“There are a lot of opportunities for Artworks and artists going into communities and neighborhoods and finding ways to broaden our borders.

“When I learned that Trenton has a population of 80,000, I dreamt that we should be able to service every person, even digitally. Especially thinking about the numbers reached in Art All Night.”

To begin working towards that goal, she says, “One of the first things I want to do is to hire additional artists and arts administrators and art educators.”

Then in 2023 she intends to add additional classes, including print making workshops, and providing after school and summer art programs for youths — just in time for the organization’s 35th anniversary.

In a statement she released when accepting the position, Tapscott says, “As a city, Trenton continues to struggle for resources and recognition despite being the state capital. It is in these likenesses of needs, of opportunity and space where positive change can be enacted through deepening connections to people, art and community.”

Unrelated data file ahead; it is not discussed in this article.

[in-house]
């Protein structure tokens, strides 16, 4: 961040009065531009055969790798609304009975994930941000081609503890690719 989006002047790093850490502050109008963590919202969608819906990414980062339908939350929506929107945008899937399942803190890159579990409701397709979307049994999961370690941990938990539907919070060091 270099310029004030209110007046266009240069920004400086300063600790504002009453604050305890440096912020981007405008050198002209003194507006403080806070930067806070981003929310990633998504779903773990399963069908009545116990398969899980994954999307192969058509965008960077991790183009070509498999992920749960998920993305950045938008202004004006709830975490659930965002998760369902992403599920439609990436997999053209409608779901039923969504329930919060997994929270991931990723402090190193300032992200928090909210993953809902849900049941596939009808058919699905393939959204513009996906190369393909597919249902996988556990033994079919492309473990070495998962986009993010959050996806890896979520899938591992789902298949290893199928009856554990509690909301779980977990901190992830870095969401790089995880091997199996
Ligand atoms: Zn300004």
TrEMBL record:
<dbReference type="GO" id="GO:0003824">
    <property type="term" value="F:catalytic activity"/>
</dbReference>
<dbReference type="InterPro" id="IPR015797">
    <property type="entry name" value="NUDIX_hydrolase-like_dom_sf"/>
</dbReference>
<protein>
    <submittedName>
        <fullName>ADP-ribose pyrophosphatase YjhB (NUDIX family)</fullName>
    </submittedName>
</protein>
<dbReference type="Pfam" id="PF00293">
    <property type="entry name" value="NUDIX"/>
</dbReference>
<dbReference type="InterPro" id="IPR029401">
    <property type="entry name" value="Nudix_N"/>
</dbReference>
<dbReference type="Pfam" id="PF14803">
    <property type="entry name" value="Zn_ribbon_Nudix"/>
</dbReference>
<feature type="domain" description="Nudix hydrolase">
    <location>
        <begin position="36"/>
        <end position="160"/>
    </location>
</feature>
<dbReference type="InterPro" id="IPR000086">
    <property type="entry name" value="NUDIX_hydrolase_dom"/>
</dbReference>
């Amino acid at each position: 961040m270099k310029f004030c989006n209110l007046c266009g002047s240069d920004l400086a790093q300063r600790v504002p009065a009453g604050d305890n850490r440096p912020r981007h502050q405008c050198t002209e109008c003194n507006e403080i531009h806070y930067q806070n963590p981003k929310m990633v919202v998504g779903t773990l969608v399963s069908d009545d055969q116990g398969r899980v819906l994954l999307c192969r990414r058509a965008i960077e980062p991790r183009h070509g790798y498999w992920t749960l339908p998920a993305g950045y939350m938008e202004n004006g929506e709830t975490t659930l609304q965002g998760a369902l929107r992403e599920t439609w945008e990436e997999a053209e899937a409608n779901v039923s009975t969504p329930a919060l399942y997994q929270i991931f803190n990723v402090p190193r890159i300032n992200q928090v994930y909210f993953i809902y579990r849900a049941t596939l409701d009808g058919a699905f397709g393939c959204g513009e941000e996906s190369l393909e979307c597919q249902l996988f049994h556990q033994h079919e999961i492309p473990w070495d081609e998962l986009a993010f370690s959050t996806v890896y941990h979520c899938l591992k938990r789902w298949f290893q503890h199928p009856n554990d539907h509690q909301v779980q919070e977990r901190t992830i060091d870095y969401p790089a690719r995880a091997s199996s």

Then demonstrating her ability to speak Spanish, she adds, “I genuinely believe — el arte cambia a la gente y la gente cambia el mundo,” which translates as, “art changes people, and people change the world.”

Asked to provide an example to show that belief, she quickly answers, “Me. As a child, having a family that allowed me to express myself in art making and going to see plays changed me. I think I’m a kinder person. I think that’s because of art. Seeing the beauty in things. I love beauty.”

She also knows the effort that an organization faces to make change and beauty and says, “It’s going to take some heavy lifting.”

Artworks, 19 Everett Alley, Trenton. 609-394-9436. www.artworkstrenton.org.